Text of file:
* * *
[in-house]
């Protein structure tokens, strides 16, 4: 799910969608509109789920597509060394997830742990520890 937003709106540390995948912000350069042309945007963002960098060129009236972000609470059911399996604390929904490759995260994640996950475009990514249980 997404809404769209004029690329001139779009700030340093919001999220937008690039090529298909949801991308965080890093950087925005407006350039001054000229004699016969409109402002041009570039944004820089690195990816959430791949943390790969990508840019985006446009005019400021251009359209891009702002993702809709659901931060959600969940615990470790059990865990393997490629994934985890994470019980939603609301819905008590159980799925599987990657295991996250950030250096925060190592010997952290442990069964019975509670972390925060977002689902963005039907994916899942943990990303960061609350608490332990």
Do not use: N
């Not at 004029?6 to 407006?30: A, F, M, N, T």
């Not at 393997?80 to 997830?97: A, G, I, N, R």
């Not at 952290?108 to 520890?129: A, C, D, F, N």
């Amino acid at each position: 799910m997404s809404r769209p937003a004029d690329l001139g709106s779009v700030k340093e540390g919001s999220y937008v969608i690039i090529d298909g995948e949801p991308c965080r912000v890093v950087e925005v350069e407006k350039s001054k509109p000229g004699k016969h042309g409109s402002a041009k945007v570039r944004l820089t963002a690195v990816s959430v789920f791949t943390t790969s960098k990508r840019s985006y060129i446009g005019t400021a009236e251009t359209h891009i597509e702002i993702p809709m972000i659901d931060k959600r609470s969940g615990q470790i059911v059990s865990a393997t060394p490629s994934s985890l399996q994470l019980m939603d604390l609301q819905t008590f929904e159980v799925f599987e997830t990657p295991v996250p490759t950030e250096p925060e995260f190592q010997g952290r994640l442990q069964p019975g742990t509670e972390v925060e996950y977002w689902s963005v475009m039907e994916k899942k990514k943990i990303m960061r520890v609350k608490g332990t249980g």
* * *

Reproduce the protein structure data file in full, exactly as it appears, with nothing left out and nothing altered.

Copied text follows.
[in-house]
């Protein structure tokens, strides 16, 4: 799910969608509109789920597509060394997830742990520890 937003709106540390995948912000350069042309945007963002960098060129009236972000609470059911399996604390929904490759995260994640996950475009990514249980 997404809404769209004029690329001139779009700030340093919001999220937008690039090529298909949801991308965080890093950087925005407006350039001054000229004699016969409109402002041009570039944004820089690195990816959430791949943390790969990508840019985006446009005019400021251009359209891009702002993702809709659901931060959600969940615990470790059990865990393997490629994934985890994470019980939603609301819905008590159980799925599987990657295991996250950030250096925060190592010997952290442990069964019975509670972390925060977002689902963005039907994916899942943990990303960061609350608490332990």
Do not use: N
């Not at 004029?6 to 407006?30: A, F, M, N, T």
């Not at 393997?80 to 997830?97: A, G, I, N, R």
């Not at 952290?108 to 520890?129: A, C, D, F, N």
């Amino acid at each position: 799910m997404s809404r769209p937003a004029d690329l001139g709106s779009v700030k340093e540390g919001s999220y937008v969608i690039i090529d298909g995948e949801p991308c965080r912000v890093v950087e925005v350069e407006k350039s001054k509109p000229g004699k016969h042309g409109s402002a041009k945007v570039r944004l820089t963002a690195v990816s959430v789920f791949t943390t790969s960098k990508r840019s985006y060129i446009g005019t400021a009236e251009t359209h891009i597509e702002i993702p809709m972000i659901d931060k959600r609470s969940g615990q470790i059911v059990s865990a393997t060394p490629s994934s985890l399996q994470l019980m939603d604390l609301q819905t008590f929904e159980v799925f599987e997830t990657p295991v996250p490759t950030e250096p925060e995260f190592q010997g952290r994640l442990q069964p019975g742990t509670e972390v925060e996950y977002w689902s963005v475009m039907e994916k899942k990514k943990i990303m960061r520890v609350k608490g332990t249980g």